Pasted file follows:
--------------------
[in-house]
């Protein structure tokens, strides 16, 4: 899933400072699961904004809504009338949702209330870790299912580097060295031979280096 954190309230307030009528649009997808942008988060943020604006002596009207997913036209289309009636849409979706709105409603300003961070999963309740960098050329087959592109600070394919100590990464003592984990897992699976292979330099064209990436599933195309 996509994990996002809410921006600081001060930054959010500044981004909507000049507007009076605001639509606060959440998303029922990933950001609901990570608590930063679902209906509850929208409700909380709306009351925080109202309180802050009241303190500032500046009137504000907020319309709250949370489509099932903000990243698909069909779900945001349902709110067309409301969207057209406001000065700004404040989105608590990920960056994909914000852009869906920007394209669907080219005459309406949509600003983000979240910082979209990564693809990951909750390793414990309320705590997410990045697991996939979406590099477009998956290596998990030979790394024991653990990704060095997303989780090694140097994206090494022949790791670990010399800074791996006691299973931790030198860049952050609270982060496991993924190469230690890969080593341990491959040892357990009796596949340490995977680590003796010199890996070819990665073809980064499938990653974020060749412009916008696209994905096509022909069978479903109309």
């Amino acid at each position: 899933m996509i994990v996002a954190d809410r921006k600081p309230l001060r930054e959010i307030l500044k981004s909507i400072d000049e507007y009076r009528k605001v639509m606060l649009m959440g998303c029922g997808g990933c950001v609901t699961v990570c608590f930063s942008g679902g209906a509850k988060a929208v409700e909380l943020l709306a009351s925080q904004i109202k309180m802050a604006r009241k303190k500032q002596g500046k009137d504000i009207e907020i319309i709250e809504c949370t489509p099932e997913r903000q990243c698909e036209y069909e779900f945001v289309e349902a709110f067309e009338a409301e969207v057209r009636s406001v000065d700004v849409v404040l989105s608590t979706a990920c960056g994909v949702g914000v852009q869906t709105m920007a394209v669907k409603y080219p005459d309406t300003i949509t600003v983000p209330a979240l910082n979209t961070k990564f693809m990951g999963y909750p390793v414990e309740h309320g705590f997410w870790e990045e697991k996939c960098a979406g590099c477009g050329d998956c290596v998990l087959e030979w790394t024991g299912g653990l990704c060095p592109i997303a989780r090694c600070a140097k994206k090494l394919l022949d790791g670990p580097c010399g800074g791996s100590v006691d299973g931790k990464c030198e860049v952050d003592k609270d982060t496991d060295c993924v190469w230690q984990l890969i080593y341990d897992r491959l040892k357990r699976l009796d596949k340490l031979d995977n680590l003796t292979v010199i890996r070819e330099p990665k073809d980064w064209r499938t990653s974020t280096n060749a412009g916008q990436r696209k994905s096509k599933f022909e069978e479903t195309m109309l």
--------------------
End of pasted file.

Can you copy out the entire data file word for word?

[in-house]
């Protein structure tokens, strides 16, 4: 899933400072699961904004809504009338949702209330870790299912580097060295031979280096 954190309230307030009528649009997808942008988060943020604006002596009207997913036209289309009636849409979706709105409603300003961070999963309740960098050329087959592109600070394919100590990464003592984990897992699976292979330099064209990436599933195309 996509994990996002809410921006600081001060930054959010500044981004909507000049507007009076605001639509606060959440998303029922990933950001609901990570608590930063679902209906509850929208409700909380709306009351925080109202309180802050009241303190500032500046009137504000907020319309709250949370489509099932903000990243698909069909779900945001349902709110067309409301969207057209406001000065700004404040989105608590990920960056994909914000852009869906920007394209669907080219005459309406949509600003983000979240910082979209990564693809990951909750390793414990309320705590997410990045697991996939979406590099477009998956290596998990030979790394024991653990990704060095997303989780090694140097994206090494022949790791670990010399800074791996006691299973931790030198860049952050609270982060496991993924190469230690890969080593341990491959040892357990009796596949340490995977680590003796010199890996070819990665073809980064499938990653974020060749412009916008696209994905096509022909069978479903109309």
């Amino acid at each position: 899933m996509i994990v996002a954190d809410r921006k600081p309230l001060r930054e959010i307030l500044k981004s909507i400072d000049e507007y009076r009528k605001v639509m606060l649009m959440g998303c029922g997808g990933c950001v609901t699961v990570c608590f930063s942008g679902g209906a509850k988060a929208v409700e909380l943020l709306a009351s925080q904004i109202k309180m802050a604006r009241k303190k500032q002596g500046k009137d504000i009207e907020i319309i709250e809504c949370t489509p099932e997913r903000q990243c698909e036209y069909e779900f945001v289309e349902a709110f067309e009338a409301e969207v057209r009636s406001v000065d700004v849409v404040l989105s608590t979706a990920c960056g994909v949702g914000v852009q869906t709105m920007a394209v669907k409603y080219p005459d309406t300003i949509t600003v983000p209330a979240l910082n979209t961070k990564f693809m990951g999963y909750p390793v414990e309740h309320g705590f997410w870790e990045e697991k996939c960098a979406g590099c477009g050329d998956c290596v998990l087959e030979w790394t024991g299912g653990l990704c060095p592109i997303a989780r090694c600070a140097k994206k090494l394919l022949d790791g670990p580097c010399g800074g791996s100590v006691d299973g931790k990464c030198e860049v952050d003592k609270d982060t496991d060295c993924v190469w230690q984990l890969i080593y341990d897992r491959l040892k357990r699976l009796d596949k340490l031979d995977n680590l003796t292979v010199i890996r070819e330099p990665k073809d980064w064209r499938t990653s974020t280096n060749a412009g916008q990436r696209k994905s096509k599933f022909e069978e479903t195309m109309l």